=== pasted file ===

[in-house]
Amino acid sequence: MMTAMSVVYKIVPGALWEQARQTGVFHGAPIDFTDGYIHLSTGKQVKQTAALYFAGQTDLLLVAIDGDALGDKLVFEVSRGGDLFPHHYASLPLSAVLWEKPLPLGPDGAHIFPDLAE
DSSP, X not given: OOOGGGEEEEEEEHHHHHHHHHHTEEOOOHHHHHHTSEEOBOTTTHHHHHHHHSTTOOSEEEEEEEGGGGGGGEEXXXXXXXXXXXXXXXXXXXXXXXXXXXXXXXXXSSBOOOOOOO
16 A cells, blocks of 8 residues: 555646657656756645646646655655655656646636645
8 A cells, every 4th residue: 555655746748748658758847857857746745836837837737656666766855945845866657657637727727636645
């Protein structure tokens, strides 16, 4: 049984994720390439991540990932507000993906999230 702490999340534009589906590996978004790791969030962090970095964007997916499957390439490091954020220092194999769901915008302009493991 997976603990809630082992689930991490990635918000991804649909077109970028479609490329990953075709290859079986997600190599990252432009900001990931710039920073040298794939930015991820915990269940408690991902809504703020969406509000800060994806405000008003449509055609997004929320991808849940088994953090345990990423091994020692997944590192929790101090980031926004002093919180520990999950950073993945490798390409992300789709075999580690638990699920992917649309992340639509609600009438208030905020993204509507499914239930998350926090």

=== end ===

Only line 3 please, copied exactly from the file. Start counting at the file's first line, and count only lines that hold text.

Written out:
DSSP, X not given: OOOGGGEEEEEEEHHHHHHHHHHTEEOOOHHHHHHTSEEOBOTTTHHHHHHHHSTTOOSEEEEEEEGGGGGGGEEXXXXXXXXXXXXXXXXXXXXXXXXXXXXXXXXXSSBOOOOOOO